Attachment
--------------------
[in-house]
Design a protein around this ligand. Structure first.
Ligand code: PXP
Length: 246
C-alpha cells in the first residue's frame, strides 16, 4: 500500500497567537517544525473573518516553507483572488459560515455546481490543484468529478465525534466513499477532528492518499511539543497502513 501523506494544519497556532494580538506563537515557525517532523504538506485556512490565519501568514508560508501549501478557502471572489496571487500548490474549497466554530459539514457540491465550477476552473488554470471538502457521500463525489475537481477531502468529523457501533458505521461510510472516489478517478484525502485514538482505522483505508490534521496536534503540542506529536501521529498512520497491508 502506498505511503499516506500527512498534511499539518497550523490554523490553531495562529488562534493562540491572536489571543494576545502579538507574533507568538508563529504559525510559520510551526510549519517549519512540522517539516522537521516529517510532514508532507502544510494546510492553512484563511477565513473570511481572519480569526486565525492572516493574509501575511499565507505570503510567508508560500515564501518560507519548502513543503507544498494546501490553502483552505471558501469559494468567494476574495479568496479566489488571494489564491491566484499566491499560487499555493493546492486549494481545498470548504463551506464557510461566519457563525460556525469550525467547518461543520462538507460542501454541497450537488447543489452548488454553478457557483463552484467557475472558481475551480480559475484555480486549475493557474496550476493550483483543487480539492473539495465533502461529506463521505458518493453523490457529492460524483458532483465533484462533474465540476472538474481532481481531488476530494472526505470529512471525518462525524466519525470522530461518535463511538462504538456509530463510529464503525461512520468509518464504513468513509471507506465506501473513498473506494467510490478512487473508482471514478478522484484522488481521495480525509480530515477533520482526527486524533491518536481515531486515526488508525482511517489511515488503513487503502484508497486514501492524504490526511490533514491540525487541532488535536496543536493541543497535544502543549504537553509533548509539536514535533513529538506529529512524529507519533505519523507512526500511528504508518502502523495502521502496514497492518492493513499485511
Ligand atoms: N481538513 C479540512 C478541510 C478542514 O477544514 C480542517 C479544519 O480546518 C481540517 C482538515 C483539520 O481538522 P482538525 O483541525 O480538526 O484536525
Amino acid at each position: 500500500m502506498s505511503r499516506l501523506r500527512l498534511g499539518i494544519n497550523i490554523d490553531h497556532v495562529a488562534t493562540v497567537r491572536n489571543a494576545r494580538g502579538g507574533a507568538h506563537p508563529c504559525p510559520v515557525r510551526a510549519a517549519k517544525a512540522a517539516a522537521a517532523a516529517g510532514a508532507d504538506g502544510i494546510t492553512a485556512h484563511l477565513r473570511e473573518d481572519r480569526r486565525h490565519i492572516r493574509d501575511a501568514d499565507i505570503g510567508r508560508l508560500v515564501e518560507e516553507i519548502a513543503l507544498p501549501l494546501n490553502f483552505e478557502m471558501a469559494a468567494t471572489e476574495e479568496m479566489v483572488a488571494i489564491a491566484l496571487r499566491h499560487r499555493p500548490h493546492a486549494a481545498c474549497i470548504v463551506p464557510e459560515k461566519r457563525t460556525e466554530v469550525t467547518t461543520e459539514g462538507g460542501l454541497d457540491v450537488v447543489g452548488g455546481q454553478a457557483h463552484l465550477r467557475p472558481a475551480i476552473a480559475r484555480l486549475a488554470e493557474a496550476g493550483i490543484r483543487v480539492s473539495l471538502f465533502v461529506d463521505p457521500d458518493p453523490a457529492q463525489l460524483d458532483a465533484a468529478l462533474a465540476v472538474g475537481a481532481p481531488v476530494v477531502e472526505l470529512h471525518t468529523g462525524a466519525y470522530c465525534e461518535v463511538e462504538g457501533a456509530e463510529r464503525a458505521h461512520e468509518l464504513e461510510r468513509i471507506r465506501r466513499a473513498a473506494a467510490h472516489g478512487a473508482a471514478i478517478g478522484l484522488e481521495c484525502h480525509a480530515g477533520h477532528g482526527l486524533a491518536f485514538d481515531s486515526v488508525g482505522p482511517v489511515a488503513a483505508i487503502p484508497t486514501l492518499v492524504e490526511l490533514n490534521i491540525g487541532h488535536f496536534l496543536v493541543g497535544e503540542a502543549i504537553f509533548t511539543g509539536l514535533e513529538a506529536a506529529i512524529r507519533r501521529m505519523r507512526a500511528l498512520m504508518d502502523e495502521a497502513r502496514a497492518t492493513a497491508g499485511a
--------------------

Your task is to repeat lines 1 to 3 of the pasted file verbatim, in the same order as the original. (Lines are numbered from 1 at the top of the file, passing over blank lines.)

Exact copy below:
[in-house]
Design a protein around this ligand. Structure first.
Ligand code: PXP